New York Times Picks a Woman As Public Editor

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Photo: Courtesy of The Buffalo News

Under Jill Abramson, the New York Times' first female executive editor, the paper will employ its first ombudsman who also happens to be a woman. The paper announced today that Buffalo News editor Margaret Sullivan will take over for the outgoing Arthur Brisbane as public editor, charged with policing the paper in the name of its readers. "Margaret has exactly the right experience to assume this critical role for us at this time," said Abramson in a statement. "She has an impressive 32-year background in print journalism where she has distinguished herself as a reporter, columnist, editor and manager. And critically for us at this time, she has shown adeptness at embracing new platforms and engaging and interacting with readers in real time online, in print and in person."

"I see this as a chance to listen to readers, to respond, to learn and to write, always thoughtfully and also in real time," said Sullivan. "I see this as an ongoing conversation with readers about The Times." At her Buffalo News blog SulliView, she did some of that already, writing candidly about the future of journalism and hosting monthly "Ask the Editor" live-chats.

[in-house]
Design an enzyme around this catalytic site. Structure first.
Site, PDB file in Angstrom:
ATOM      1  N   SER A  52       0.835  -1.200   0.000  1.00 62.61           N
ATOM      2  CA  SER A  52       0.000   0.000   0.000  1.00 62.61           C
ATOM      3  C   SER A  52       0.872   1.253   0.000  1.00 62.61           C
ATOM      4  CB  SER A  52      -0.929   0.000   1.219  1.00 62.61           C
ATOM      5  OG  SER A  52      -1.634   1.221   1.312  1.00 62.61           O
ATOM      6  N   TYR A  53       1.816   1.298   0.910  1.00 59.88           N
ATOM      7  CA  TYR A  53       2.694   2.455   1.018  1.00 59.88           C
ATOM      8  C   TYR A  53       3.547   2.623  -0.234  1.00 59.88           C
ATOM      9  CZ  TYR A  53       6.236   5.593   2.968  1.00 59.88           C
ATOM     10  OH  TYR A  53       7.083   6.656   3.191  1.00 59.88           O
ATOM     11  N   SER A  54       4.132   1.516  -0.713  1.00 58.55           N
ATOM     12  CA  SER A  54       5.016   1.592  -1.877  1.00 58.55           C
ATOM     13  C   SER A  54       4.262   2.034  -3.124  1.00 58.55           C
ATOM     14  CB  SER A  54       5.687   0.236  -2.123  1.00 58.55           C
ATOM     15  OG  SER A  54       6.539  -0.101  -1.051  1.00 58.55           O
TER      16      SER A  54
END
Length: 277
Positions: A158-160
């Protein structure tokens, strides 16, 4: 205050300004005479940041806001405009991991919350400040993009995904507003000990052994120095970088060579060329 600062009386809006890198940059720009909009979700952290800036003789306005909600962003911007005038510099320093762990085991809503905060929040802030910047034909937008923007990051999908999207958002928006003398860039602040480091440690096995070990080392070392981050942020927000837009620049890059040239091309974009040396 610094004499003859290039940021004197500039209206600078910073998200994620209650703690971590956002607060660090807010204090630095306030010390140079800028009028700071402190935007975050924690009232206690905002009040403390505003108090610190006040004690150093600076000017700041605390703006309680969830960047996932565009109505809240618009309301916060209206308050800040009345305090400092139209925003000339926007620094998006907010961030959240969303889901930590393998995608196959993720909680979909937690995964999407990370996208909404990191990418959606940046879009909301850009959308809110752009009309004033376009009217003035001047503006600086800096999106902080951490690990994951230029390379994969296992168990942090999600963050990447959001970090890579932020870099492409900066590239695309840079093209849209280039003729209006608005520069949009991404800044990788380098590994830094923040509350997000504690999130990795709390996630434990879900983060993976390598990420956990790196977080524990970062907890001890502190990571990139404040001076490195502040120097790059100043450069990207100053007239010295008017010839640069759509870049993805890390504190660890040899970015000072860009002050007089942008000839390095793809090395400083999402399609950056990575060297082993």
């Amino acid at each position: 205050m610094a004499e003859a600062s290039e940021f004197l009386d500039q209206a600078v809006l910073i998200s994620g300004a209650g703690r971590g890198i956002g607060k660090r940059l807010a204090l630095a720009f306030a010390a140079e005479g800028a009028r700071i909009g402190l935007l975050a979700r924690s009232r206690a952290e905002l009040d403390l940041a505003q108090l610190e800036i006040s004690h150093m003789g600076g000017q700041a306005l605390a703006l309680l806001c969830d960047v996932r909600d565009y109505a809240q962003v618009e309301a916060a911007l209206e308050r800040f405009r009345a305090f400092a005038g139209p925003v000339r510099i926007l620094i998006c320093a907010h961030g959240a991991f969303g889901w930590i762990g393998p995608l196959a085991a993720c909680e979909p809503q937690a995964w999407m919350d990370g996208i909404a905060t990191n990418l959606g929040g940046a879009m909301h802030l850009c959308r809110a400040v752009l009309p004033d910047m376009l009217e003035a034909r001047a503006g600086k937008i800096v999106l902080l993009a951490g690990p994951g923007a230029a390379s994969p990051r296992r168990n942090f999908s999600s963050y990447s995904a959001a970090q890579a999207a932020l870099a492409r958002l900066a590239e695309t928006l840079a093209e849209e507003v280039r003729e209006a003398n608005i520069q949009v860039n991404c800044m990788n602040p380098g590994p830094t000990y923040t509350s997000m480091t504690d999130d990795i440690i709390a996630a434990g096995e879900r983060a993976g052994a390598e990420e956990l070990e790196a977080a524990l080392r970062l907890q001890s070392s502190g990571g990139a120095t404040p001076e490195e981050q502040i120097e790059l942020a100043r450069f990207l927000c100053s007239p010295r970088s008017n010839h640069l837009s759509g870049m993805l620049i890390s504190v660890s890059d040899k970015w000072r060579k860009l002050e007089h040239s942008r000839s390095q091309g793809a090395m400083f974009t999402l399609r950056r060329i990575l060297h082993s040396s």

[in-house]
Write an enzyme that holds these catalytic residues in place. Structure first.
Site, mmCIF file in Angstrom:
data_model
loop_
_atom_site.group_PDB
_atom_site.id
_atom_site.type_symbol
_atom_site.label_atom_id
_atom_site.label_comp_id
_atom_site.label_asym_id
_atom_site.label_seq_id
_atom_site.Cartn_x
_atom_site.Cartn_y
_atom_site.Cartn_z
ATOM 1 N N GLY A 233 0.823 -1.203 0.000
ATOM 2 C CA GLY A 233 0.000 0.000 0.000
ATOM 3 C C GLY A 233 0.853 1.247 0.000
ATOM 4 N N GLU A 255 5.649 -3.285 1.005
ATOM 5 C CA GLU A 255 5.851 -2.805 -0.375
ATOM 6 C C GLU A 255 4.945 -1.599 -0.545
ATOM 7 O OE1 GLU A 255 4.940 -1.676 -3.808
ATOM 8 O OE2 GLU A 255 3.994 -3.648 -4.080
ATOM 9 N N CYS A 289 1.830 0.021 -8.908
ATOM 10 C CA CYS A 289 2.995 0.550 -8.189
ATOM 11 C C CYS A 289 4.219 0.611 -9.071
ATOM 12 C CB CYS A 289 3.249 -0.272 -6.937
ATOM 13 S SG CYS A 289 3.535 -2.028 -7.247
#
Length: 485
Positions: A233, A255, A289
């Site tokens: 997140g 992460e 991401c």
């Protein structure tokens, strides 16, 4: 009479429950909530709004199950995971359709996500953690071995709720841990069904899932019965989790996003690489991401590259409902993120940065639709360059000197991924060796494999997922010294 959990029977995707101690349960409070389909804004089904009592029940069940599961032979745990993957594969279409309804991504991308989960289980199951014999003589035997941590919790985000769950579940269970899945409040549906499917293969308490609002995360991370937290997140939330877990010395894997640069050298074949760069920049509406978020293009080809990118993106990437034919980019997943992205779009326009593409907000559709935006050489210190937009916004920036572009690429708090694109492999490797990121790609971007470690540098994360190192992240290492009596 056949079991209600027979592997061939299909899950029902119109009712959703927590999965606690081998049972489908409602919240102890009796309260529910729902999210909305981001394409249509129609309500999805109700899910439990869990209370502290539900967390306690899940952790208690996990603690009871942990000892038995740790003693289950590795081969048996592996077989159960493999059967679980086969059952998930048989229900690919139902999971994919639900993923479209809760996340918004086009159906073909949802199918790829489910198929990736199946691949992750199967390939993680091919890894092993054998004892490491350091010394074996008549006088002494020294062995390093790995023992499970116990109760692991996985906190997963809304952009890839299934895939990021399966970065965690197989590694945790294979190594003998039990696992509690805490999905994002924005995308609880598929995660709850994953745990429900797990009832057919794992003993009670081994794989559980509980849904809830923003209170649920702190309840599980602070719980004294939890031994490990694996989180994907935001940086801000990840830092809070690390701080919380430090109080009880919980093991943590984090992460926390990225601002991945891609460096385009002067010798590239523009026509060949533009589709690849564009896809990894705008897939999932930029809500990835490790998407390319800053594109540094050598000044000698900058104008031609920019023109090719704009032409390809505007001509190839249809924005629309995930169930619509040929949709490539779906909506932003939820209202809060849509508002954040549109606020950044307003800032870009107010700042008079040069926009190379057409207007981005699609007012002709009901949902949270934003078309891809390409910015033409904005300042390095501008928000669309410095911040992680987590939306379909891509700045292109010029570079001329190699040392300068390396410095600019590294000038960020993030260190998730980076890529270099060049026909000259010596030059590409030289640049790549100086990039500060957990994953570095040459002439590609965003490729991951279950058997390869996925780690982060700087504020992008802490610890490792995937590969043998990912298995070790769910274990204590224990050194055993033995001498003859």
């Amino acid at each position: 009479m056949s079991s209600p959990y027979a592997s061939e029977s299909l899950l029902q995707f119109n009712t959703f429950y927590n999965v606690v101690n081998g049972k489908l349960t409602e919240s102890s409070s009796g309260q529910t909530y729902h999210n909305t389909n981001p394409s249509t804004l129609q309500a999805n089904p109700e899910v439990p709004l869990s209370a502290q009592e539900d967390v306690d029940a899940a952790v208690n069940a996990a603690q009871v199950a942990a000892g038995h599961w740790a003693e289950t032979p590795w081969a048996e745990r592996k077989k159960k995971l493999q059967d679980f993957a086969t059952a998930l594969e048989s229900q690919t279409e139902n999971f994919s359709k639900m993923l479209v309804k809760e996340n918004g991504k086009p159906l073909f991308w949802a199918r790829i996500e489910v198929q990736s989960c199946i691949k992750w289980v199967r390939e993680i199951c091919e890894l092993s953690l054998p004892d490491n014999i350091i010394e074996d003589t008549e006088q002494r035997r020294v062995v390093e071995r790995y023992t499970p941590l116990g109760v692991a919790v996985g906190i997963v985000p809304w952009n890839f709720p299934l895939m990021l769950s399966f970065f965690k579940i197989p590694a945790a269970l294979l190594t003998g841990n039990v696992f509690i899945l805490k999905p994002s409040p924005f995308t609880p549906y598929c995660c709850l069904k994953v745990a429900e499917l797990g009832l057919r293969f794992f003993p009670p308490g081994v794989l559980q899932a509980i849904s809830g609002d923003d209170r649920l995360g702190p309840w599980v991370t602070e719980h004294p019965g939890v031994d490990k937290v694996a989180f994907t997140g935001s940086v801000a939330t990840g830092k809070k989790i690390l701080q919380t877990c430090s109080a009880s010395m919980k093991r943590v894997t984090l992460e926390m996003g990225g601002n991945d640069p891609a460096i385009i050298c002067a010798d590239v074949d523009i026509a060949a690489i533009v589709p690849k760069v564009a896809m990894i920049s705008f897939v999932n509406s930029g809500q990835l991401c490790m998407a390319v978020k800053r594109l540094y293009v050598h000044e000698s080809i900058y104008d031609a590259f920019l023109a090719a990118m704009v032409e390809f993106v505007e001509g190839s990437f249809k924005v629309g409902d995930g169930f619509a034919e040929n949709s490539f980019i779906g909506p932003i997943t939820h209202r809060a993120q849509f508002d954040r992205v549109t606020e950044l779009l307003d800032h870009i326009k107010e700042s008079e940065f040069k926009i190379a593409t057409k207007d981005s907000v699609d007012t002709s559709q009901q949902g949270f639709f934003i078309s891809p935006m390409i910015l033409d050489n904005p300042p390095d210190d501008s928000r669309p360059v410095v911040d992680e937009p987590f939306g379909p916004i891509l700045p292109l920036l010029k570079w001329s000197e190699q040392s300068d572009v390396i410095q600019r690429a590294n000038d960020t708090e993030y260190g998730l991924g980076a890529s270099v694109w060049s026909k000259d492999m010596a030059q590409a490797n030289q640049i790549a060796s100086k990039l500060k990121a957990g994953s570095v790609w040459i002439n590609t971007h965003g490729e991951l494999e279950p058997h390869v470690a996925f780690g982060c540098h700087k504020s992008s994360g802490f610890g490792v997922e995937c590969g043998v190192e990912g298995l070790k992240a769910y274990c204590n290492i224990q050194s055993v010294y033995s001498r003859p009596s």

Sullivan was also featured recently in a Times article about Warren Buffett's newspapers. "We don't have all of the resources behind us," she said of her job at the News, which she's held since 1998. "We do really strong work, not to win awards, but to benefit the community. I think we're very ambitious in our reporting."

Sullivan's first day at the Times is September 1, meaning she'll probably miss the window to address today's story about quote-editing by political campaigns, but something else will surely come up in the meantime.